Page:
Anammox Bacterial Abundance, Activity, and Contribution in Constructed Wetland Treating Swine Wastewater
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Anaerobic ammonium oxidation (anammox) bacteria, which were discovered in wastewater sludge in the early 1990s, have the unique metabolic ability to combine ammonium and nitrite to form nitrogen gas (N2). This discovery led to the realization that a substantial part of the enormous nitrogen losses that are observed in the marine, freshwater, and soil environment were due to the activity of these bacteria. However, its occurrence and role in constructed wetland (CW) treating swine wastewater (SW) have not been well evaluated as yet.

In rural areas of China, SW has been identified as a major source of diffuse nitrogen pollution, causing various environmental problems, such as eutrophication. To lessen such environmental impact, the wastewater must be treated prior to its discharge. The CWs has been increasingly applied in the last decades to remove nutrients from wastewater due to its cost-effectiveness and efficiency. This eco-engineering system uses natural wetland plants and soil as the substrate to remove pollutants from treated SW, preventing the effluent from overloading agricultural land with nutrients.

Researchers in the Institute of Subtropical Agriculture, Chinese Academy of Sciences (ISA) employ quantitative PCR assay, 15N-stable isotope tracing technique, and 16S rRNA clone library to document the distribution, diversity and roles of anammox bacteria in sediments of CWs treating high strength SW.

The team found anammox bacteria were abundant in the CW sediments and may played an important role in N-removal. "In our study, both molecular and isotope tracing experiments corroborated the occurrence of anammox in the collected sediment samples, suggesting a ubiquitous distribution of anammox bacteria in the CWs treating swine wastewater" said CHEN Liang, a post-doctoral researcher at ISA, "we found that the abundance of anammox bacteria ranged from 0.75-3.46*106 gene copies g-1 dry soil, which is generally higher than the value reported for paddy soils of southern China. Moreover, according to the anammox bacterial activity, we estimated that anammox account for the removal of 0.83-2.68 kg N yr-1 from the CWs."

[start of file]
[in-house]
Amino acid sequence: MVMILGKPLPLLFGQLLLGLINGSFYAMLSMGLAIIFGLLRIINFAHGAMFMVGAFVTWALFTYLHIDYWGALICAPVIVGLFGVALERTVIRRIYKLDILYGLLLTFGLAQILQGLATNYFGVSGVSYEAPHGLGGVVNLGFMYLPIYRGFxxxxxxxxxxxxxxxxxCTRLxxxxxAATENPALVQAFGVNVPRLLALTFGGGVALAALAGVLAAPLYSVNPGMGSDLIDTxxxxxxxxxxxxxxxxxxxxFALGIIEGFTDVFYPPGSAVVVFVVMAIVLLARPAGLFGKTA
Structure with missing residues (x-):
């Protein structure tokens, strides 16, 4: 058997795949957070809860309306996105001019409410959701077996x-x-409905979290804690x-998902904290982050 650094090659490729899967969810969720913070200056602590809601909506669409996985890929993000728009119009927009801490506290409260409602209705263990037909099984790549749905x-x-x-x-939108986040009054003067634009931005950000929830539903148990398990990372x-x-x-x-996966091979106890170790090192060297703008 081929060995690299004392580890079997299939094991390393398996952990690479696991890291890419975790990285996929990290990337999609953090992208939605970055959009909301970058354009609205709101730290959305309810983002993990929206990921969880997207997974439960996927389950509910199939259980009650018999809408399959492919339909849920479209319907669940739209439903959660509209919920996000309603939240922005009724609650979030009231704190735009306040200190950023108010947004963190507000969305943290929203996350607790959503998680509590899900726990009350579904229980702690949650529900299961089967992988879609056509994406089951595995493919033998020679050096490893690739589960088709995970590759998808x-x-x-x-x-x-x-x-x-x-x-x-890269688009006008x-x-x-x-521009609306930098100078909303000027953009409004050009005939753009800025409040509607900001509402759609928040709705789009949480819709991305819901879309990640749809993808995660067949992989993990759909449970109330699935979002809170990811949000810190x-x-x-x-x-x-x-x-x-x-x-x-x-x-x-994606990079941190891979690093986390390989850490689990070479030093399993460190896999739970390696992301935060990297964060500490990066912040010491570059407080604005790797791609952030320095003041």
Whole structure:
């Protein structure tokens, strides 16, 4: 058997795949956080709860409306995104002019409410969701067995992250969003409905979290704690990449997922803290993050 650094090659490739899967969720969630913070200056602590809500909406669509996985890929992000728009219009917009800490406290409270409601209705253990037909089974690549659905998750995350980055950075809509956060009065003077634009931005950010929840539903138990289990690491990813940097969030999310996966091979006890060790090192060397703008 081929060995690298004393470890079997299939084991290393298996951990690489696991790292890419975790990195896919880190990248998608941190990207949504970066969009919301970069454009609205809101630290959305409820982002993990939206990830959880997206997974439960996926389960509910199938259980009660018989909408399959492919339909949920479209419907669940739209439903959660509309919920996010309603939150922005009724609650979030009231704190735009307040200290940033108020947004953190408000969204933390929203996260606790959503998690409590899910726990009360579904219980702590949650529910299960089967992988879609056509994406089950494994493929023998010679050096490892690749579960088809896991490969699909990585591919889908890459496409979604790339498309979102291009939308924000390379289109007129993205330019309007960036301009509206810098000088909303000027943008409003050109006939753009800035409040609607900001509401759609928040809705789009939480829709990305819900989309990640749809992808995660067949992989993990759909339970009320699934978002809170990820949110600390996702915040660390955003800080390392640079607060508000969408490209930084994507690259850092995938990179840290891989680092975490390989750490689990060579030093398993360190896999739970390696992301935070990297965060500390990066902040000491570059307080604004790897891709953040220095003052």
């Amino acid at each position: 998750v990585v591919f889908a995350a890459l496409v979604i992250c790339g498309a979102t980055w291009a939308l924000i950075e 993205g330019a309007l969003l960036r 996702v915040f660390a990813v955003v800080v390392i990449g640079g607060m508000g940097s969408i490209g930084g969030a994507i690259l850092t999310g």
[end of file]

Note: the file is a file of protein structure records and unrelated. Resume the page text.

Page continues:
So far, there are five known genera of anammox bacteria: "Candidatus Scalindua" "Ca. Brocadia" "Ca. Kuenenia" "Ca. Anammoxoglobus" and "Ca. Jettenia". The team also investigated the anammox bacterial community composition in the CWs treating SW. Phylogenetic analysis revealed the presence of multiple co-occurring anammox genera, with the "Ca. Brocadia" being the dominant one. Besides, it is important to unravel the potential links between functional microbes and environmental factors in a wetland system. Results revealed that the activity and abundance of anammox bacteria was most strongly related to sediments NH4+-N, NO2--N and pH in the examined CWs.

The present study contributes to the understanding of N-removal mechanisms and the factors influencing the presence of anammox bacteria in SW treatment CWs.This research was supported by funding from the China Postdoctoral Science Foundation Funded Project (2014M560648, 2015T80878), the National Natural Science Foundation of China (41601272), and the key CAS Programs (KZZD-EW-11).

The study entitled "Anaerobic ammonium oxidation in sediments of surface-flow constructed wetlands treating swine wastewater" has been published in the February issue of Applied Microbiology and Biotechnology, details could be found at

Contact: CHEN Liang


Institute of Subtropical Agriculture, Chinese Academy of Sciences